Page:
A plan to truck natural gas to a site just outside Bridgeville, expanding an existing pipeline operation there, officially has the OK from Sussex County Council. Eastern Shore Natural Gas, a subsidiary of Chesapeake Utilities, will still have to get state and federal approvals.
The Council approved the request to allow the project by a 4-1 vote, with District 5 Council member John Rieley the lone no vote, although he also praised natural gas as being a relatively clean source of energy.
Some object to the plan because the site is next to Phillis Wheatley Elementary School. Groups like Food and Water Watch, which has been the most vocal opponent, criticized the continued use of carbon-based fuels like natural gas, and cited the danger of explosions near the school, traffic, noise levels, and that the neighborhood has a lot of residents who are minorities and will be affected the most.
Eastern Shore Natural Gas has downplayed the risk. Mark Parker, engineering manager for Eastern Shore Natural Gas, has said a catastrophic failure of the pipeline would have an "impact" radius of around 200 feet, which would stay within the property.
"Eastern Shore has safely and reliably served natural gas transportation needs for the region since 1959," he told Council.
Council member Cindy Green, whose district includes the pipeline facility, mentioned concerns she had heard about safety near the school.
Parker emphasized that traffic will come off Route 404 and through an industrial park, meaning it will not pass the school.
"Our safety record is impeccable ... and we intend to keep it that way," he said.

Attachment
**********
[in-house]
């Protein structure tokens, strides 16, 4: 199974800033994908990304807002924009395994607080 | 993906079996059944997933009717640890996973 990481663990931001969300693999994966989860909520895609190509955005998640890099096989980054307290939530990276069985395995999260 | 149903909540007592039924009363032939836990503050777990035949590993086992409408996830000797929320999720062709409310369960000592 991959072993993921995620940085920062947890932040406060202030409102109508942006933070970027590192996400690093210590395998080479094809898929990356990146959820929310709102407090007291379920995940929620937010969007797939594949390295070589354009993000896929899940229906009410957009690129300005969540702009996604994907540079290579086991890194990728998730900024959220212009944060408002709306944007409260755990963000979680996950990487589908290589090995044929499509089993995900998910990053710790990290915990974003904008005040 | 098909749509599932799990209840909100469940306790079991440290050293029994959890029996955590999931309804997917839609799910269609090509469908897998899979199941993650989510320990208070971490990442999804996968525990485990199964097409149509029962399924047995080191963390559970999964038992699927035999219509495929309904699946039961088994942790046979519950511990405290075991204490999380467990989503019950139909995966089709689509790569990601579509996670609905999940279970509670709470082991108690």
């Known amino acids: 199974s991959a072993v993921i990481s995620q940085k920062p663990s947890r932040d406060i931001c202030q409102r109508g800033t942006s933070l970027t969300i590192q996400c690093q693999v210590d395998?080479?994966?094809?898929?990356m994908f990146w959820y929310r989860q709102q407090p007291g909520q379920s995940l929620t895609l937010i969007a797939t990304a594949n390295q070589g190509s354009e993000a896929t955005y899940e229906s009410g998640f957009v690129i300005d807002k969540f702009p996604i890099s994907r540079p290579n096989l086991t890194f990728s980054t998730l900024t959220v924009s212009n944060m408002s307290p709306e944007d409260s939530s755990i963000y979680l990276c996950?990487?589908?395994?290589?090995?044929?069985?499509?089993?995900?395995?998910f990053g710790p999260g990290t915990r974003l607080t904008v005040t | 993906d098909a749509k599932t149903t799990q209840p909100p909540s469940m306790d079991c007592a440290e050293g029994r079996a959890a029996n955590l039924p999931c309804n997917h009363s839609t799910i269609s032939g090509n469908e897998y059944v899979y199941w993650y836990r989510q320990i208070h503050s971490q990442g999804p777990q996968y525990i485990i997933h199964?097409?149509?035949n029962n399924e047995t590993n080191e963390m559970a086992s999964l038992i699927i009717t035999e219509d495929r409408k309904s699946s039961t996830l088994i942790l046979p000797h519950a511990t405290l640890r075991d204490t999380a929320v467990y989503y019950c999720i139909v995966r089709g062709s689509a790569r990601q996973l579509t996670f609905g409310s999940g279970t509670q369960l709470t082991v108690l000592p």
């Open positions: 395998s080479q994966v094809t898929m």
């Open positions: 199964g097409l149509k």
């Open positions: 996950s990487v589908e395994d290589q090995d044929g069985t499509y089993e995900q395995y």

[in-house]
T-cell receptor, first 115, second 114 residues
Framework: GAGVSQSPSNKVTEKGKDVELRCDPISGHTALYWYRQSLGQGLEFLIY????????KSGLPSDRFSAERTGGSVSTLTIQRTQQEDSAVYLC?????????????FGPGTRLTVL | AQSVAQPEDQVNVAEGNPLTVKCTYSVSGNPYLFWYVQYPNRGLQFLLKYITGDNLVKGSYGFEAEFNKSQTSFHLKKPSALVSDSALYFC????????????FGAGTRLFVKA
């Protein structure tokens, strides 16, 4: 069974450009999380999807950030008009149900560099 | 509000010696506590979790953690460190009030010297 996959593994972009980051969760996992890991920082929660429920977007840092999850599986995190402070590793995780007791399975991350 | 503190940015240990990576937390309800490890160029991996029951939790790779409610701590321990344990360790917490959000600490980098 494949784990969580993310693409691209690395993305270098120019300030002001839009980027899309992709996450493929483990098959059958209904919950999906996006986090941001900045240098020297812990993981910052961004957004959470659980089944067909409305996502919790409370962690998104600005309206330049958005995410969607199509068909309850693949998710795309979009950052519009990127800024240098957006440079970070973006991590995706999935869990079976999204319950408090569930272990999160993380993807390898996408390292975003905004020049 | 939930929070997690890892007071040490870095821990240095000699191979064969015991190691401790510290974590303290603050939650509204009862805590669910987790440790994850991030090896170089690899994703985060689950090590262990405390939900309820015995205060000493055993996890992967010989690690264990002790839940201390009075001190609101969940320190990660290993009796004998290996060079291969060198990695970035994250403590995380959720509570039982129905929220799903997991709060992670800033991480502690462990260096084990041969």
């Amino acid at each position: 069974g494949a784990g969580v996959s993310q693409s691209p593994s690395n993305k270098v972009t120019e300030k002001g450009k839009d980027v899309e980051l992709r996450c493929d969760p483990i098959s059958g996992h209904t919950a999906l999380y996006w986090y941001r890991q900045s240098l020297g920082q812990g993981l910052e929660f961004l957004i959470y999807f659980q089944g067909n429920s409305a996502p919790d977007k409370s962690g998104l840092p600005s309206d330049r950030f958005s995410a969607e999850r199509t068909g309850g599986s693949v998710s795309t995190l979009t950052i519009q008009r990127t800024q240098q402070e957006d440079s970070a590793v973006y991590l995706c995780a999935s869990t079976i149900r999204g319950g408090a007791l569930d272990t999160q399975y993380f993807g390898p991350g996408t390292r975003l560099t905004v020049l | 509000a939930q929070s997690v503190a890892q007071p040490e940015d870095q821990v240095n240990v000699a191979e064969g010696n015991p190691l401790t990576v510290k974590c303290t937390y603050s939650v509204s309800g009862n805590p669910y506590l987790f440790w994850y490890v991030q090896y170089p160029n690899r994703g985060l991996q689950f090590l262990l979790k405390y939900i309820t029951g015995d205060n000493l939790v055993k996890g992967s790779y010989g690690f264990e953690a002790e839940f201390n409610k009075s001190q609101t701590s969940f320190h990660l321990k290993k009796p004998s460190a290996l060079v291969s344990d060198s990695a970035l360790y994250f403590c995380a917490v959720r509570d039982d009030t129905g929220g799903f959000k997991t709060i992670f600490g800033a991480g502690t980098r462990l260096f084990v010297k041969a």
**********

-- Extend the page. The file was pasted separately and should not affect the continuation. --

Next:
"I have to be honest, it gives me some pause," Rieley said of having the facility near a school. He recalled an incident at a Suburban Propane in Millsboro when his father-in-law was a manager there.
"They developed a leak; and there was an enormous cloud, it looked like a fog surrounding that entire area," he said. "... And they were just praying there wouldn't be the slightest spark." (There wasn't.)
"Being in proximity to an elementary school, even if it's a long shot that that could happen, gives me pause," Rieley said.
Parker noted that propane is heavier than air, whereas natural gas is lighter than air and if there were an incident like a leak, they'd be able to disperse it.
Greg Layton, from Food and Water Watch, was the lone person testifying for or against the expansion of the site, aside from the company representative.
He called natural gas dirty fuel, and said "it is abundantly clear that Delaware needs to move on from fossil fuel infrastructure and factory farms, not double down." Layton also raised the same objections about safety and environmental justice that had been brought up earlier before the Planning and Zoning Commission.
"The decision to build one next to a school was absurd in 1988 (when the original pipeline went in) and expanding it now is unconscionable," he said.
After the testimony, Green made the motion to approve and it passed easily.
"I love natural gas. I think it's absolutely the right thing to do ... I just wish it wasn't in that particular location," Rieley said before his no vote.
Read more detail about the proposed site in our previous coverage.